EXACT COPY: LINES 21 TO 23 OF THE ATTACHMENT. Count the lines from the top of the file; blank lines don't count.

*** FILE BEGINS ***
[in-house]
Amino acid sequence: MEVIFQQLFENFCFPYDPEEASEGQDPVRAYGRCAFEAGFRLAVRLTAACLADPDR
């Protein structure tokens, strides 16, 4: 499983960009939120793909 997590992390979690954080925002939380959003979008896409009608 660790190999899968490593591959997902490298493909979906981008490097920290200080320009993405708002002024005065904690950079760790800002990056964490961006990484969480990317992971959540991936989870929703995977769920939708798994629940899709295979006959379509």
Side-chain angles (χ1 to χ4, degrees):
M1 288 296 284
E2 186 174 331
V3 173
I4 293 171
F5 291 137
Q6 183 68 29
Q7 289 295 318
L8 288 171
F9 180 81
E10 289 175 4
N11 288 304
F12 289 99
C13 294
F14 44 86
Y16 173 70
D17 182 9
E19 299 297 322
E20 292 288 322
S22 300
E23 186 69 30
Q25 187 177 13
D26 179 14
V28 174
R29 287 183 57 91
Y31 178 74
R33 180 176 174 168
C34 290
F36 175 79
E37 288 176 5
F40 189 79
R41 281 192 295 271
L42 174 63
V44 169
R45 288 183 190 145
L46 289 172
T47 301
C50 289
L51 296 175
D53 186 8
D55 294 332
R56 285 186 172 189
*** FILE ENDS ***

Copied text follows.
E19 299 297 322
E20 292 288 322
S22 300